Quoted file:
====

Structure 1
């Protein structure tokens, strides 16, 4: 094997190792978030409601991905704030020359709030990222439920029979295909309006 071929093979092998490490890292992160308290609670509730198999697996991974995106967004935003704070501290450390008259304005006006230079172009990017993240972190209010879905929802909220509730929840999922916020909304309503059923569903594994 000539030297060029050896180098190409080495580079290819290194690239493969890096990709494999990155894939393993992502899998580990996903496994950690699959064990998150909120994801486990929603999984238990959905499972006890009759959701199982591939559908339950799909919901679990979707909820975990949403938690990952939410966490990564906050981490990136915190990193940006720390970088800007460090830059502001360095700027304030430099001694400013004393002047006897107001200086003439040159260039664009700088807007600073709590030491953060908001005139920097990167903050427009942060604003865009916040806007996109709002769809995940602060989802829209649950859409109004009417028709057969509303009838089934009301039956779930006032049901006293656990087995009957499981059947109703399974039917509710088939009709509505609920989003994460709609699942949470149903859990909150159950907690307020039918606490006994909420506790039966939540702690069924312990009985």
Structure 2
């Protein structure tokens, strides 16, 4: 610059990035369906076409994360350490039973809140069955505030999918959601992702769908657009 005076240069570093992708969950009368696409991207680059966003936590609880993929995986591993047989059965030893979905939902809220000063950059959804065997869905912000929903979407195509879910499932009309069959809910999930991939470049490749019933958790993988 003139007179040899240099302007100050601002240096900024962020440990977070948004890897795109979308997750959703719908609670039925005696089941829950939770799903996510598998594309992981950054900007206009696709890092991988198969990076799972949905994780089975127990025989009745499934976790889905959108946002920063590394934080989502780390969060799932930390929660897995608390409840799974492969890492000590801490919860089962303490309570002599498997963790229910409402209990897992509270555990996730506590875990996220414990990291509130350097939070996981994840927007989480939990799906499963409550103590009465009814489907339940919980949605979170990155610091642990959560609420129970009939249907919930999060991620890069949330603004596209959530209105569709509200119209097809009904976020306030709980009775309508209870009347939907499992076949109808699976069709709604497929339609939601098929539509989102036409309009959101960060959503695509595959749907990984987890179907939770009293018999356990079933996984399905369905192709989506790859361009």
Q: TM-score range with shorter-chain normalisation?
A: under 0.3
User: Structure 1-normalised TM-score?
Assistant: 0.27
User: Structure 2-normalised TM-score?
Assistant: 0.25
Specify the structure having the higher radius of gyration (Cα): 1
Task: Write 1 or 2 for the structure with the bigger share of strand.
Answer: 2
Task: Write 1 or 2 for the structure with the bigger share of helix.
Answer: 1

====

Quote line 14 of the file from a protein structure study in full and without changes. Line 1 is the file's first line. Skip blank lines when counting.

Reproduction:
Task: Write 1 or 2 for the structure with the bigger share of helix.